- That democracy may work cross-border and above border, and from the local to the global dimension and that the international institutions themselves can be democratized;
- That democratic tools and solutions are scalable, from municipalities to supranational institutions: also using digital tools, but having people sharing a space in person is essential to the discourse, adding emotions and rational passion to the debates;
- That democracy is not just about voting and elections, but rather a process of discursive reason and collective deliberation, in which the representation of a society’s diversity can be also effectively achieved by means of stratified sortition – taking inspiration also from democracy’s ancient roots;
- That ‘institutionalization’ of citizens’ assemblies or other innovative democratic tools – such as deliberative polls or participatory budgeting- does not have to mean always and everywhere necessarily ‘formalizing them through law/regulations’ or ‘constitutionalizing them’, but it could also mean to start with a continuous rigorous practice so that ‘people become familiar with’ them, considering them as common as elections;
- That democracy is founded on transparency and reliable information; it requires relying on accessible tools such as official tv, newspapers and web channels, but also stopping fake news campaigns and political interferences;
- That intermediate bodies such as political parties, trade unions but also NGOs and civic associations are rings in the democratic chain, empowering individuals and collective processes – and may also be strengthened by utilizing internally deliberative democracy innovations;
- That individuals and organized civil society do make a difference in politics and this is a major lesson learned from the life and experience of personalities like Jean Monnet – or Altiero Spinelli, whose name welcomes European citizens at the entrance of the European Parliament in Brussels;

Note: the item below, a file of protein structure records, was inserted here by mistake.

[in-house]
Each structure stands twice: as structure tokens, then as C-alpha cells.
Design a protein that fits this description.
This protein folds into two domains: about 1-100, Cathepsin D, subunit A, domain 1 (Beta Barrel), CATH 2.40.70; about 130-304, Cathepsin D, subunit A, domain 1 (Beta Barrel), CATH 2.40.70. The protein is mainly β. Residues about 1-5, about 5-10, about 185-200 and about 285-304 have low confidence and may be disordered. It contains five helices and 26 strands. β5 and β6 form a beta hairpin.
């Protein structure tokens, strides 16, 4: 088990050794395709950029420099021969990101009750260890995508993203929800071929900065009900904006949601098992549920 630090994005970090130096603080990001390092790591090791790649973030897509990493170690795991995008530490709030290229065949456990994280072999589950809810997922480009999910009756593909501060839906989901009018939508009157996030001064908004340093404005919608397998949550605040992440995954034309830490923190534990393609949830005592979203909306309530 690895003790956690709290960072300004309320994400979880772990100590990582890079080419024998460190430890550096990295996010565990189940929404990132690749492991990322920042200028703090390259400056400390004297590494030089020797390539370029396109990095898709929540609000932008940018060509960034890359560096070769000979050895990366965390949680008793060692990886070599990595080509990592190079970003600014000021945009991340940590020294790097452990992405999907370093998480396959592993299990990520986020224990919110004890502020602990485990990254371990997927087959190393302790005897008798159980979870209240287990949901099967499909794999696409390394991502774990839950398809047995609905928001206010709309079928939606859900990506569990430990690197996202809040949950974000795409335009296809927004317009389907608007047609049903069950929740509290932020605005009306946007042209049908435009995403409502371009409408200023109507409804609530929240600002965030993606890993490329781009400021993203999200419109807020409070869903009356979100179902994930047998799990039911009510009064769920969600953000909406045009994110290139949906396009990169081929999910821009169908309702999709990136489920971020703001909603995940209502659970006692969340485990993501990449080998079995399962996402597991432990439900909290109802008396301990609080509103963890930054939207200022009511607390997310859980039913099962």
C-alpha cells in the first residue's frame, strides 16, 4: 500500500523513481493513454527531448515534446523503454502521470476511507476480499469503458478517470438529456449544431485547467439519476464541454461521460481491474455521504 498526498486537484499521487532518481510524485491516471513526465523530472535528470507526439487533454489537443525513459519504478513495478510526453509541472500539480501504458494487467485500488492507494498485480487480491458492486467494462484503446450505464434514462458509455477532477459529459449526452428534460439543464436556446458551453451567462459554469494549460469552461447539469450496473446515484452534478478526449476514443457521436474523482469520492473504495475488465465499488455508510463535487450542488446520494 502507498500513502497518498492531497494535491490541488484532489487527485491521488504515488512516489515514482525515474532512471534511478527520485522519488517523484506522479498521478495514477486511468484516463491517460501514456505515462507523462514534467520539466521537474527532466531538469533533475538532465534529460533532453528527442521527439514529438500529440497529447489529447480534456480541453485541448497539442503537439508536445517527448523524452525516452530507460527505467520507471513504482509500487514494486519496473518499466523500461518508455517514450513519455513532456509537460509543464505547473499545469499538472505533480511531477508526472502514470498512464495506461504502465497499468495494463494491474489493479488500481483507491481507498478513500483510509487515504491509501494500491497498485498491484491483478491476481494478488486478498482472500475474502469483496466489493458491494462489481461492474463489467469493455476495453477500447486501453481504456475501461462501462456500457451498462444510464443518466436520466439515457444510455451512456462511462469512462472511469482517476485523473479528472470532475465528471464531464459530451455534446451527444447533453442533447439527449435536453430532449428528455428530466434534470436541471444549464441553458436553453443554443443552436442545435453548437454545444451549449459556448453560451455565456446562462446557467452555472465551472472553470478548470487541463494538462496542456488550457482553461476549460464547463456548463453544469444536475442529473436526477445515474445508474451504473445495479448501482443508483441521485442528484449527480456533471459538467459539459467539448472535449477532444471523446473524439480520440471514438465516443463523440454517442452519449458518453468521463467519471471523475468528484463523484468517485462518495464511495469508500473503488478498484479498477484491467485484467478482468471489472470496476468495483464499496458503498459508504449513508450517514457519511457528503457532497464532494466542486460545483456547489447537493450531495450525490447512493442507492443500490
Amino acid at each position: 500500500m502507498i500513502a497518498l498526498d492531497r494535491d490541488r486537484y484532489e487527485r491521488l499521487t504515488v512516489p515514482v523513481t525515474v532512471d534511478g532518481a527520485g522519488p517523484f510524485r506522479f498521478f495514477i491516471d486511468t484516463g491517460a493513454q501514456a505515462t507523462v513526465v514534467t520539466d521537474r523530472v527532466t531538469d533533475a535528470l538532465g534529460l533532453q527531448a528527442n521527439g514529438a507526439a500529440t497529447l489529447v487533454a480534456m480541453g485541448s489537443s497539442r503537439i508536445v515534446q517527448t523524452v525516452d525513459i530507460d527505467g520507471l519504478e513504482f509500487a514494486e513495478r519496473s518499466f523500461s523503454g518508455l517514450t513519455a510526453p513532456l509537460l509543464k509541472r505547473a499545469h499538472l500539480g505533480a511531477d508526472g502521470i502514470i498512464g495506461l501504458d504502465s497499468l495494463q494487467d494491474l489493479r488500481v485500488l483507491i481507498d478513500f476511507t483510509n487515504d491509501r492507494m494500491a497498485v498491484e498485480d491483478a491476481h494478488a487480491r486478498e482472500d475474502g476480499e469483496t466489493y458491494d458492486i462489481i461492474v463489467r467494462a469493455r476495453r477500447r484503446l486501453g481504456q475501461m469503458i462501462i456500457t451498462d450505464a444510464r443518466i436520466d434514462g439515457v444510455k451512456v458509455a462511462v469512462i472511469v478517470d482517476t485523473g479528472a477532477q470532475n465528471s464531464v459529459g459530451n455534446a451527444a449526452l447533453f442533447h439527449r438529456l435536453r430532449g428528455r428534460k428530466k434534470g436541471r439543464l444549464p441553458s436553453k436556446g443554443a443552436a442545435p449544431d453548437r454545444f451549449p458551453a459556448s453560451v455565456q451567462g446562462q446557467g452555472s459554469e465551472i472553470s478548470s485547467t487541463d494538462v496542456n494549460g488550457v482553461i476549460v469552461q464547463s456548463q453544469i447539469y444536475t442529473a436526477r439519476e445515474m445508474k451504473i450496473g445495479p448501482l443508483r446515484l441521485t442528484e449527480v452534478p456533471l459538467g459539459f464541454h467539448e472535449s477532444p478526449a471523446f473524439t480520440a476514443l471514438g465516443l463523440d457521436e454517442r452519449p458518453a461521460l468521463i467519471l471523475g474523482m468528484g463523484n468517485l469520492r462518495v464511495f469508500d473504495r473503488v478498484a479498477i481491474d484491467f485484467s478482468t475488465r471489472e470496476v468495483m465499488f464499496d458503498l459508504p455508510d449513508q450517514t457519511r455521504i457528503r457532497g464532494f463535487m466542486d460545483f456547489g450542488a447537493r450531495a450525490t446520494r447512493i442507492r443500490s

- That the European Parliament is an extraordinary accomplishment, but it should be complemented by a single electoral law and transnational European representation as a precondition to building a European political sphere;
- That the European Citizens Initiative deserves more visibility but also more resources to be efficient. It is a quite advanced political instrument that deserve better integration in the EU law making process, lest it become a growing source of distrust towards the institutions;
- That the European Citizens’ Panels are an unprecedented exercise of transnational deliberative democracy that can lead to a permanent European Citizens’ Assembly as part of EU law making – along with a strengthened reformed European Citizens’ Initiative and a possible future pan-European Referendum;
- That representative democracy is still the norm, but should be complemented by new instruments of participatory and deliberative democracy at the local, transnational and global level.
- That permanent citizens assemblies should be in charge of keeping the interest of next generations: long-term should be the key factor in evaluating decisions, both in the public and private sectors, overcoming the current short-termism’s logic;
- That citizens assemblies can be an effective instrument to promote the principle of reciprocity in the EU external relations, favouring dialogue beyond conflicts – and that they could also be part of the conditionality mechanisms;
- That deliberative democracy and transnational citizens’ assemblies could more in general become a fundamental tool for the construction of peace beyond borders;
- That the European supranational model of democracy should continue to be a ferment of change in international relations, inspiring other parts of the world to pursue macro regional integrations to achieve common goals without the use of force – in the perspective of a global perpetual peace.